You can't "unhash", but you can still "crack" it with sufficient computing power, time and techniques


 Q2:
MD5 is definitely NOT a secure hashing mechanism.  Modern systems (like Oracle itself) uses SHA2 hashing.

https://www.experts-exchange.com/articles/855/How-Oracle-Stores-Passwords.html
or for a more up to date version of this article
https://seanstuber.wordpress.com/2016/03/19/how-oracle-stores-passwords/

Also, the obfuscation toolkit is deprecated, you should use dbms_crypto.  If you're on 11g you might want to use a java stored procedure to do the higher bit sha2 methods.  In 12c dbms_crypto has them built in.

 Q3:
You verify a hash by taking a known value, hashing it and checking if it matches an already known hash.  If they don't, then either the hashing algorithm has changed or the original data is not the same.

 Q4:
I don't know what you're trying to find in your logs

 Q5:
You have to manage FKs yourself.  Which usually means either removing the FKs hashing the parent and child tables then reapplying the FKs
or if the FKs are deferred, then updating the parent and child and then commiting
or, if the FKs are not deferred, then deleting the children, updating the parent with the hash, then reinserting the children with the newly hashed keys

 Q6:
It would depend on the size, the relationship with the vendor and the nature of the data and rules around it.    If it's not that big of a deal if it might get lost then a usb in the mail might be sufficient.  If more security is needed then maybe some secure internet transfer.
If even more security then maybe a usb drive or tapes with secured couriers and signed/biometric authentication for transfer of control.
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Accepted Solution

by:
Adam Brown earned 200 total points
ID: 41840961
MD5 hashing is not sufficient for most purposes at this point. Almost all hashes for values with fewer than 10 characters have been mapped in Rainbow tables, so MD5 hashing will not be a good solution for masking data, as it will only delay the recovery of any information in the DB. Even SHA1 is considered a "weak" hashing algorithm at this point. Further, a DB that has been Obfuscated with MD5 will be effectively unusable if all tables are hashed because the MD5 hashes can't be backward calculated. You would only use MD5 if you wanted to ship a copy of the DB to an entity with only certain values in certain tables are obfuscated to prevent unintentional release, but this, too, is effectively useless because MD5 is so thoroughly mapped.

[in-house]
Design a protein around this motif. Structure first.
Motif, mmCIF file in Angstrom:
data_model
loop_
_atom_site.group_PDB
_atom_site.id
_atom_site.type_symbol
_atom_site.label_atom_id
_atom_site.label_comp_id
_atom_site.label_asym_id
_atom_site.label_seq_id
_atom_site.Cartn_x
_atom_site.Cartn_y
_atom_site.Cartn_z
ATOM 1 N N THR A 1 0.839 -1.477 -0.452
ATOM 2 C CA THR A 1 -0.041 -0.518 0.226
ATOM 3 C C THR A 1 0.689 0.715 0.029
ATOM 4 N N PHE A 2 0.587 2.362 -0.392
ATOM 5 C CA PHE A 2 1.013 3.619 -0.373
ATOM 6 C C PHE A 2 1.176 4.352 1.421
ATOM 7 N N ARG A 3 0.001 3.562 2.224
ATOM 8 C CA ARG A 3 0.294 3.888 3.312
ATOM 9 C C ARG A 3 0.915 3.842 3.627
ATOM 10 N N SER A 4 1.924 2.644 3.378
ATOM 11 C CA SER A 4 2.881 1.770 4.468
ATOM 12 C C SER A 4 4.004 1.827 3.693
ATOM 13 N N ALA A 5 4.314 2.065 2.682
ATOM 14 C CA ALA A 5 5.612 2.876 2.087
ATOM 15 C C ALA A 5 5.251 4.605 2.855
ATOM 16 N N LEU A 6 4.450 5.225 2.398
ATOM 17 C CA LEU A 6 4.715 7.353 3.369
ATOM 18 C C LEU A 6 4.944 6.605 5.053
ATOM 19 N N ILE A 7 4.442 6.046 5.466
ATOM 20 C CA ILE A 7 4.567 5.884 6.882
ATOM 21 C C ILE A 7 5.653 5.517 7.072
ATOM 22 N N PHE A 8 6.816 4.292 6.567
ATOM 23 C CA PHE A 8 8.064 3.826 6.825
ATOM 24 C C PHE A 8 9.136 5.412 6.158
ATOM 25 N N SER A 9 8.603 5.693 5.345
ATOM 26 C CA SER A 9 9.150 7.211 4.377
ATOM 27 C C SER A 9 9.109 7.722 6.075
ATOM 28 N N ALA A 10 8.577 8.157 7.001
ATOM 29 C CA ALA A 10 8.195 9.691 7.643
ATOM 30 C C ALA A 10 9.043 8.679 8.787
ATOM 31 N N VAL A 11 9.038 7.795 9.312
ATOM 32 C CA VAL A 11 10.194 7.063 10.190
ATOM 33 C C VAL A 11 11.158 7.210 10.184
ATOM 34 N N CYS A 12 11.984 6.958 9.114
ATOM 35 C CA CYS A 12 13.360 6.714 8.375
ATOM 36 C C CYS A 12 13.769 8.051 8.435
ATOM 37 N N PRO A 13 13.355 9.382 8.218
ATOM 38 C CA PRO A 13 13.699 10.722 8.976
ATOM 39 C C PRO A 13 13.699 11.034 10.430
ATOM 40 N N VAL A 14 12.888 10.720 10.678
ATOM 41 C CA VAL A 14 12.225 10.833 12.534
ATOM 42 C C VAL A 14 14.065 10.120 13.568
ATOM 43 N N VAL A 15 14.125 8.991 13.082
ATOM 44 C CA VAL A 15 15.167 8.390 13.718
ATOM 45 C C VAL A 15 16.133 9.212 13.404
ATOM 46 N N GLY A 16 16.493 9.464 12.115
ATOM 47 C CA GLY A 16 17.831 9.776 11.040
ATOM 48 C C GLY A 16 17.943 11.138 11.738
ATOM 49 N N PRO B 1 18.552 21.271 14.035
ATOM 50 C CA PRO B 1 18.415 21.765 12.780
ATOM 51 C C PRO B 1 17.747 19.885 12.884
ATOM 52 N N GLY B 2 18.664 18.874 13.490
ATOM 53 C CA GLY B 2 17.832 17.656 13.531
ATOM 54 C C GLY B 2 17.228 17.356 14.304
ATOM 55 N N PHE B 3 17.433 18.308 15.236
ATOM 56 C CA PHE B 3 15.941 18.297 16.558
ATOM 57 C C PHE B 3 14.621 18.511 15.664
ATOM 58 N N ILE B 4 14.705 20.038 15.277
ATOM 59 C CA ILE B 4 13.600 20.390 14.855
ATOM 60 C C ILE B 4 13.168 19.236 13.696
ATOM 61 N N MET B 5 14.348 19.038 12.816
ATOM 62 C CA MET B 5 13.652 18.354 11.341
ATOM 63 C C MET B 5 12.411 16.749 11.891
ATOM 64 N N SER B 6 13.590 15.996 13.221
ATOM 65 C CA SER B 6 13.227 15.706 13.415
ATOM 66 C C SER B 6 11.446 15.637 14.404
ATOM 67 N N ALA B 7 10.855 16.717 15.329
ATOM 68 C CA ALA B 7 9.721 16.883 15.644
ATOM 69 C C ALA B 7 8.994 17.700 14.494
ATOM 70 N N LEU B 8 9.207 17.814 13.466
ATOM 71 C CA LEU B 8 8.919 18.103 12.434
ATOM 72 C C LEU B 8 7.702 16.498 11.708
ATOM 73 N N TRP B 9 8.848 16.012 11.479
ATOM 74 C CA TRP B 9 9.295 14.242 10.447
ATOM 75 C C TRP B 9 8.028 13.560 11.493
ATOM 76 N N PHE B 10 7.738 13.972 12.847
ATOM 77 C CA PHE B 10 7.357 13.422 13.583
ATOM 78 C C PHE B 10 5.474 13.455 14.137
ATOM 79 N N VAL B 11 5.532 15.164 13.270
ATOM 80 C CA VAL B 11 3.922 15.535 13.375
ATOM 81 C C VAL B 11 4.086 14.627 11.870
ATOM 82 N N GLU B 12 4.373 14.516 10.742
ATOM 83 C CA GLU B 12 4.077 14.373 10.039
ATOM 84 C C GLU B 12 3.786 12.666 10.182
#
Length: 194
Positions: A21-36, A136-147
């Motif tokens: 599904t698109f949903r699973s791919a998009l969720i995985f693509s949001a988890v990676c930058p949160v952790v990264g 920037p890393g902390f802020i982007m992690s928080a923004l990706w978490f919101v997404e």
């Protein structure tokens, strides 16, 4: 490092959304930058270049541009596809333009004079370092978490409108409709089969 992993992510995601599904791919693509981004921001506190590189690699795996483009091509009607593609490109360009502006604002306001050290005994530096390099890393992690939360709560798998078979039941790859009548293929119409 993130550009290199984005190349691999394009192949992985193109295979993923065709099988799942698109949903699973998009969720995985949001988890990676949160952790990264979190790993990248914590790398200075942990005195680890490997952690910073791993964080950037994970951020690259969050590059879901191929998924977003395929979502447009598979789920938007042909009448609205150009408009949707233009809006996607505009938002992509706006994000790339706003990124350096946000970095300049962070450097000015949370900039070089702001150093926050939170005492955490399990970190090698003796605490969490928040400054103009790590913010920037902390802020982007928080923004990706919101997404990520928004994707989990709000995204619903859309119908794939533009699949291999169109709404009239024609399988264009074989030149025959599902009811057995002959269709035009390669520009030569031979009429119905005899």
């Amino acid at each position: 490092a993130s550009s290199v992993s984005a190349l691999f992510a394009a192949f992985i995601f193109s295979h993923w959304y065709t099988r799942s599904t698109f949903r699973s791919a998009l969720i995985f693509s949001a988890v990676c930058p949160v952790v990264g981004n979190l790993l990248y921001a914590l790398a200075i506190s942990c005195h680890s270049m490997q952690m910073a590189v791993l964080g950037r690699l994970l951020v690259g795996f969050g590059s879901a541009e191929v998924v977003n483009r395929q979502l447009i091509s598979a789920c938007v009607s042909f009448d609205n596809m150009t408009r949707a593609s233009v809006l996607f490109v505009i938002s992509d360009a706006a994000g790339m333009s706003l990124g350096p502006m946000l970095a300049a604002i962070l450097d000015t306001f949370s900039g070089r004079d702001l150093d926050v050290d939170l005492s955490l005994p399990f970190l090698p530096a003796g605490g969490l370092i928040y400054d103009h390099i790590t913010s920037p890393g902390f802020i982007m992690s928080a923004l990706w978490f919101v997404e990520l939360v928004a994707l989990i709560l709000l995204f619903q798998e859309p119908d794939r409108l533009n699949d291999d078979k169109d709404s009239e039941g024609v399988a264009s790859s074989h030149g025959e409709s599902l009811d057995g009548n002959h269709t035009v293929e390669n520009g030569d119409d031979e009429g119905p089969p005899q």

You'll also want to make sure that the version of Oracle this DB runs in supports the DBMS_OBFUSCATION_TOOLKIT, since not all versions do. 10.2 does, and if that's your version, the only secure method you have available is 3DES encryption. And that's kind of Iffy, because 3DES is just the same as DES run three times. DES was broken completely in the mid 90s, so 3DES is considered less secure now.

Newer versions of Oracle use the DBMS_CRYPTO function instead and DBMS_OBFUSCATION_TOOLKIT has been deprecated, which would cause your query to fail on those versions. DBMS_CRYPTO in the latest version of Oracle supports up to SHA256 keys and AES, so it's a much more secure method of doing things.
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Author Comment

by:sunhux
ID: 41841320
Thanks, so
   DBMS_OBFUSCATION_TOOLKIT.md5
should be
   DBMS_CRYPTO  ??
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Author Comment

by:sunhux
ID: 41841715
Feedback from DBA:

The size of the encrypted key for DBMS_CRYPTO  SHA256 algorithm  is 64 character while for MD5 it is 32 character. The 64 char exceeds the size of fields ENTITY_CODE and CONTRACT_REFERENCE (only for ENTITY_LINKS table) :

so what do we do?  Will it break anything if we truncate the length of the key?


I have a clarification on the 64 & 32 chars that our DBA says:
from the link
  https://docs.oracle.com/cd/E18283_01/appdev.112/e16760/d_crypto.htm#BJFGFDFG
it says:

HASH_MD4
Produces a 128-bit hash, or message digest of the input message

HASH_MD5
Also produces a 128-bit hash, but is more complex than MD4

HASH_SH1
Secure Hash Algorithm (SHA). Produces a 160-bit hash.
 

So DBMS_CRYPTO  is using HASH_SH1 ?
So is 160bit = 64 char ?
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Assisted Solution

by:slightwv (䄆 Netminder)
slightwv (䄆 Netminder) earned 140 total points
ID: 41841828
>>so what do we do?  Will it break anything if we truncate the length of the key?

You cannot truncate hashes. Doing so might result in a collision where two entries get the same value when they shouldn't.

>>The size of the encrypted key for DBMS_CRYPTO  SHA256 algorithm  is 64 character while for MD5 it is 32 character

Which is why one is safer to use than the other.  You can use MD5 but doing so can make the data viewable by those that receive it.  Might as well just provide the data unhahsed.

>>So is 160bit = 64 char ?

Should be simple math based on your character set.

I get 40 characters with:
select length(dbms_crypto.hash(utl_raw.cast_to_raw('Hello'),3)) from dual;
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Author Comment

by:sunhux
ID: 41841901
So instead of truncating the hash, we should increase the length of the
hash field (I'm no DBA, so I don't know if I've used the right term here)?

>You can use MD5 but doing so can make the data viewable by those that receive it.
Don't understand the above;  does it mean the hashed data (or database) can
be read by the external vendor whom we are sending the hashed DB to?
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by:slightwv (䄆 Netminder)
slightwv (䄆 Netminder) earned 140 total points
ID: 41841912
>>So instead of truncating the hash, we should increase the length of the  hash field